A deadly earthquake rocked central Italy overnight leaving an unknown number of people trapped beneath rubble.
The 6.2 magnitude quake – which struck at 3:36am local time 65 miles north-east of Rome – has left at least 120 people dead and many more missing, as rescuers search for survivors.
The army was mobilised to help with special heavy equipment and the treasury released €235m (£177m) of emergency funds.
Italian Prime Minister Matteo Renzi has paid tribute to those who aided survivors during the night.
"No one will be left alone, no family, no community, no neighbourhood," he said. "We must get down to work… to restore hope to this area which has been so badly hit."
Italy sits on two fault lines, making it one of the most seismically active countries in Europe. The last major earthquake to hit the country struck the central city of L'Aquila in 2009, killing more than 300 people.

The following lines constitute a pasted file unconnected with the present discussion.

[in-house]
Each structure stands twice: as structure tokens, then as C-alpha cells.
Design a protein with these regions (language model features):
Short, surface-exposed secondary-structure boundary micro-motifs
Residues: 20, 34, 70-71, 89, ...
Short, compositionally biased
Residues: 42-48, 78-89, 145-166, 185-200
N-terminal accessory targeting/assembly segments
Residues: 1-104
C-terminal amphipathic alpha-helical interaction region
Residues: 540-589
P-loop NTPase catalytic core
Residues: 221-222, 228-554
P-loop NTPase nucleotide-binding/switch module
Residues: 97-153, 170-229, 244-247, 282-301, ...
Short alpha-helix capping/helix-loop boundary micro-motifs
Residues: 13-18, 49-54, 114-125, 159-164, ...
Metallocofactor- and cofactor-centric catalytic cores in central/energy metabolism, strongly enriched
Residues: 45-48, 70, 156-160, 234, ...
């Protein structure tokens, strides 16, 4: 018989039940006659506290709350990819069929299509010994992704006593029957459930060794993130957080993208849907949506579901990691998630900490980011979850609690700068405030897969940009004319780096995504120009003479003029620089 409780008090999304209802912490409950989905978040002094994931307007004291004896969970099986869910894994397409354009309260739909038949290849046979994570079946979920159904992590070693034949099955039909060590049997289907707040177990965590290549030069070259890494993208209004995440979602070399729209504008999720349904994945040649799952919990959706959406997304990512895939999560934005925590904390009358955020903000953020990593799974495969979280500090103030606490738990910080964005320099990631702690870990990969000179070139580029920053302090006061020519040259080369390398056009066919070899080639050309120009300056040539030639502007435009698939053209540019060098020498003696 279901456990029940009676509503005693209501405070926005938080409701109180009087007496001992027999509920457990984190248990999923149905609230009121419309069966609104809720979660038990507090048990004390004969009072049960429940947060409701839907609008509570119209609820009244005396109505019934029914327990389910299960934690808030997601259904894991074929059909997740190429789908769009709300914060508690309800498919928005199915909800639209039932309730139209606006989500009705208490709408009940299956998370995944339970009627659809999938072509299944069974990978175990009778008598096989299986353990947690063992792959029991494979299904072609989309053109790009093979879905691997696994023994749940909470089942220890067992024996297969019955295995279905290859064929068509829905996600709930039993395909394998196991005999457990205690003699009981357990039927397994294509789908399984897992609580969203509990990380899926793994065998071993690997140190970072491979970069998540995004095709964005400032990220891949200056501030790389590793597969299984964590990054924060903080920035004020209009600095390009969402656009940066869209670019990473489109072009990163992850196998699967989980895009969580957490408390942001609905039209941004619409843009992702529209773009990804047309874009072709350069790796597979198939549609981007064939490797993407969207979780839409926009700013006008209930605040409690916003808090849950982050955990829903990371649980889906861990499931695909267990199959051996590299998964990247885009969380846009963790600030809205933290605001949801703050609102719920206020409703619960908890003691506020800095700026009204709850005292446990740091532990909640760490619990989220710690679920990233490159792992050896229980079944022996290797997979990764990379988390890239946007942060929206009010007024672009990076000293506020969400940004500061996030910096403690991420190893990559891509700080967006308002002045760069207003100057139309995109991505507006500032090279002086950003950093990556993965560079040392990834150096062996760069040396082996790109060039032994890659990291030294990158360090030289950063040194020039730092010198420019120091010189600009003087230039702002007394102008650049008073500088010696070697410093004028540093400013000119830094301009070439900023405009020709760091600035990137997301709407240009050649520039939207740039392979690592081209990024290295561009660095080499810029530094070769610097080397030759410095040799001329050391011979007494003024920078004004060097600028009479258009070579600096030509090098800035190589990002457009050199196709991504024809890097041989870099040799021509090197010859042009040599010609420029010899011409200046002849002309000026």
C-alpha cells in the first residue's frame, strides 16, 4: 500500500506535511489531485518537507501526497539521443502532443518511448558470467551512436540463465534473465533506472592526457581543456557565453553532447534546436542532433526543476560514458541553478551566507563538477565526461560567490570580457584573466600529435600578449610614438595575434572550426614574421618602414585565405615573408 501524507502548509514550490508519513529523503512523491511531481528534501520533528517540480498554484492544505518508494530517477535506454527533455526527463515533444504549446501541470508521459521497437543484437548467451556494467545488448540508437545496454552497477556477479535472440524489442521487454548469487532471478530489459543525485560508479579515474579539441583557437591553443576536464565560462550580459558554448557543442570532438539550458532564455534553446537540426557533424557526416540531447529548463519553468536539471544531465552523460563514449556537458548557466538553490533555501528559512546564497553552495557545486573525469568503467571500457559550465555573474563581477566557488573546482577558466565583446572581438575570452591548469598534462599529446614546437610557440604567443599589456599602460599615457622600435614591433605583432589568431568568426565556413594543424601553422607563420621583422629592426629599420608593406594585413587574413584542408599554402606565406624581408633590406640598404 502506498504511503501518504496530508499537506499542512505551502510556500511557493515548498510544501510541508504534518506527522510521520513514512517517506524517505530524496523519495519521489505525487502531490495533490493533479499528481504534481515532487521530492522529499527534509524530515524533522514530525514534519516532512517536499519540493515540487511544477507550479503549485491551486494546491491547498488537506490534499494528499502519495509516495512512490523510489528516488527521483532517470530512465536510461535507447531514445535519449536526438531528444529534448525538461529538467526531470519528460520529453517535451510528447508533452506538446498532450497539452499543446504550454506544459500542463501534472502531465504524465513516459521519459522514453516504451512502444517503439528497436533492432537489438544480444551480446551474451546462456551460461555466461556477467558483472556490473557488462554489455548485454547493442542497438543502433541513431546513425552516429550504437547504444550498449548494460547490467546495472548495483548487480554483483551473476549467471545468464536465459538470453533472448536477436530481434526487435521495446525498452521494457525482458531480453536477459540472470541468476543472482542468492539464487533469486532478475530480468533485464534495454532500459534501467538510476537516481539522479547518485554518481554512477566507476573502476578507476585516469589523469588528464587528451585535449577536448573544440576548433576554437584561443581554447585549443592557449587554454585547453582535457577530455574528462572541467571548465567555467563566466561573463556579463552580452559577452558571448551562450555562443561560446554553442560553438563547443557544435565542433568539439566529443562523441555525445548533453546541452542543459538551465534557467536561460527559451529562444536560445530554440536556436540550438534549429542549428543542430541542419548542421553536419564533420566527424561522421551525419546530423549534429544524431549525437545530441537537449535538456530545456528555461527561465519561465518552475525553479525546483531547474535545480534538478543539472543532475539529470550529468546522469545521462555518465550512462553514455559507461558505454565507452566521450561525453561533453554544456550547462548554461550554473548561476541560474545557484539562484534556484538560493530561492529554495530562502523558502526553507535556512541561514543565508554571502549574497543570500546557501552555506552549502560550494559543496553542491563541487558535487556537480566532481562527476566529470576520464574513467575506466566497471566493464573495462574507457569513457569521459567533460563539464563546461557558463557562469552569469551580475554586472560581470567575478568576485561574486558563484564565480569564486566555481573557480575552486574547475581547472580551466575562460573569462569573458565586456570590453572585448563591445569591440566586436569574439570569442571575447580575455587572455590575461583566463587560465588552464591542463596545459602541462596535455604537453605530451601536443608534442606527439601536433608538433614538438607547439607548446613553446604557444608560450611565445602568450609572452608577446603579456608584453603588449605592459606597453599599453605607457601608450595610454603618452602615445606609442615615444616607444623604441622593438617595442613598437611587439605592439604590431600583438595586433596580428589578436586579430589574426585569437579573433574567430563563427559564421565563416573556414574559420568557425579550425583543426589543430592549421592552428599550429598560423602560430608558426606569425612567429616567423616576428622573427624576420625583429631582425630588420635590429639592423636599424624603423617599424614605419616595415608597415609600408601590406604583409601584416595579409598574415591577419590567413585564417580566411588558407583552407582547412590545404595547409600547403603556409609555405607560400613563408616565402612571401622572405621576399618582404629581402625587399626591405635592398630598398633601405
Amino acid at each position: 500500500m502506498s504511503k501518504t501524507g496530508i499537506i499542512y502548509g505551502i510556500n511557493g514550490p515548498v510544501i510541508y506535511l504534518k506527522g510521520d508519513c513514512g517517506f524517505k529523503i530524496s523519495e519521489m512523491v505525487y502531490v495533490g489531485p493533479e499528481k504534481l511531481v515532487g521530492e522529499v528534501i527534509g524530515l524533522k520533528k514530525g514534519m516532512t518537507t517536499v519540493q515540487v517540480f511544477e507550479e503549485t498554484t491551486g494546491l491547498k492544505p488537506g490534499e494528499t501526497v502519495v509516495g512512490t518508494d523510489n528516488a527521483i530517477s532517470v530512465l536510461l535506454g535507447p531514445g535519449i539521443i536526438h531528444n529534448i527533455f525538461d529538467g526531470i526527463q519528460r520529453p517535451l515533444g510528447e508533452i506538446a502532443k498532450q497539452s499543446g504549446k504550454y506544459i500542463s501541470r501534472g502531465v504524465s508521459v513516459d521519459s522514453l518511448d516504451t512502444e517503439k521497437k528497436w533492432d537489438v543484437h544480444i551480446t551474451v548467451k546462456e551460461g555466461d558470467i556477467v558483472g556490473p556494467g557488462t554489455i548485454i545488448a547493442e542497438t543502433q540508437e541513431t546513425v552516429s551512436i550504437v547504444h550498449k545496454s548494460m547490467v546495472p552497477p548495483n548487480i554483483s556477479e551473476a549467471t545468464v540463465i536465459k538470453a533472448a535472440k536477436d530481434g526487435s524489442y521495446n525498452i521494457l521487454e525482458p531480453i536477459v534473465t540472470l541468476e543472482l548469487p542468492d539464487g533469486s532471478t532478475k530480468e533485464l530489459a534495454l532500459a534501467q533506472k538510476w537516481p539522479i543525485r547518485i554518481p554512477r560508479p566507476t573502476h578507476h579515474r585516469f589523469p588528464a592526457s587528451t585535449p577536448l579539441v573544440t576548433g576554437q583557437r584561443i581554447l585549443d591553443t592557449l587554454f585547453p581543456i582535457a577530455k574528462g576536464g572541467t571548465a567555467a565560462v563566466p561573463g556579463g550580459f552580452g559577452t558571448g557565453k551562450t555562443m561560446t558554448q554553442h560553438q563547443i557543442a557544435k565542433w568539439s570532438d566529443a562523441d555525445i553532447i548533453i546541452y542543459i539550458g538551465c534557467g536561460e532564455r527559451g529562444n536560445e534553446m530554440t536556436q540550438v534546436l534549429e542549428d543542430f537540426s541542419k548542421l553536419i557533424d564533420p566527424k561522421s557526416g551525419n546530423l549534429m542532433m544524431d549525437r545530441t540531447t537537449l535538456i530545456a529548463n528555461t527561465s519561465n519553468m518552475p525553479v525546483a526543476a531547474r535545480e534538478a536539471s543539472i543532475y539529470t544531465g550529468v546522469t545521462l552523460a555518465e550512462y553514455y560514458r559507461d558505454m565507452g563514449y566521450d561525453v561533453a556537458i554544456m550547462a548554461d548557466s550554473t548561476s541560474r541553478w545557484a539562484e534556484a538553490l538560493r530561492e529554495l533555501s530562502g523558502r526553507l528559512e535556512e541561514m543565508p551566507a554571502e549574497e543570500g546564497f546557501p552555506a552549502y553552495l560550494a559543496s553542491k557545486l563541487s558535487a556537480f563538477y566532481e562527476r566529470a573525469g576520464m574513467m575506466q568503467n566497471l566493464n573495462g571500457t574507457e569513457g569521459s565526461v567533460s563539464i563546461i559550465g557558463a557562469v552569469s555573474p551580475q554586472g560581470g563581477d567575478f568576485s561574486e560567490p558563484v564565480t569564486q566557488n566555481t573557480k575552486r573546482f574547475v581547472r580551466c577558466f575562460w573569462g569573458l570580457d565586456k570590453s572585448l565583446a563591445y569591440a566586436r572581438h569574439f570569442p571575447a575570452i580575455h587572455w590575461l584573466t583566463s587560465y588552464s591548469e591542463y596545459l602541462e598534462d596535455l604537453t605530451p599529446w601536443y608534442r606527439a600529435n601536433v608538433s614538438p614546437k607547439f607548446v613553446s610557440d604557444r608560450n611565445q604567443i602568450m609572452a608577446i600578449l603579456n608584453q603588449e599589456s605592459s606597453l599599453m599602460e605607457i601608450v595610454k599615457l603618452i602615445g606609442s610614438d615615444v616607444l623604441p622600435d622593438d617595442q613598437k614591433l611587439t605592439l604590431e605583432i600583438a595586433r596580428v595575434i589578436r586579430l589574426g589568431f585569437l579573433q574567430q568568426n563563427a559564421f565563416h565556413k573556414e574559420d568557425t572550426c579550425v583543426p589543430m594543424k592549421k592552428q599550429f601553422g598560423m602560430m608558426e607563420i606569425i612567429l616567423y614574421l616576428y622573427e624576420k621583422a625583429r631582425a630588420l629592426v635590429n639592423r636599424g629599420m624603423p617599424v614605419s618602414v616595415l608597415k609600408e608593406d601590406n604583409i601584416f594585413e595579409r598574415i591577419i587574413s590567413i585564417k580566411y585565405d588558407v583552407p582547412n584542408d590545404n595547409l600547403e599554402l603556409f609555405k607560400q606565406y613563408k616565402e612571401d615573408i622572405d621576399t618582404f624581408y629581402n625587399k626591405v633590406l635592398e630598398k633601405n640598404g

Earlier trading on financial markets around Europe was subdued, though most indexes have now recovered.
Italy's main market – the FTSE MIB – is trading up 0.8 per cent, with Insurance firm Generali bouncing back after taking a one per cent hit.
The FTSE 100 is lagging other European indices, down 0.2 per cent, dragged down by mining companies, which have been hit by the sliding price of oil and other commodities.
Meanwhile, US markets have had mixed start to the day so far.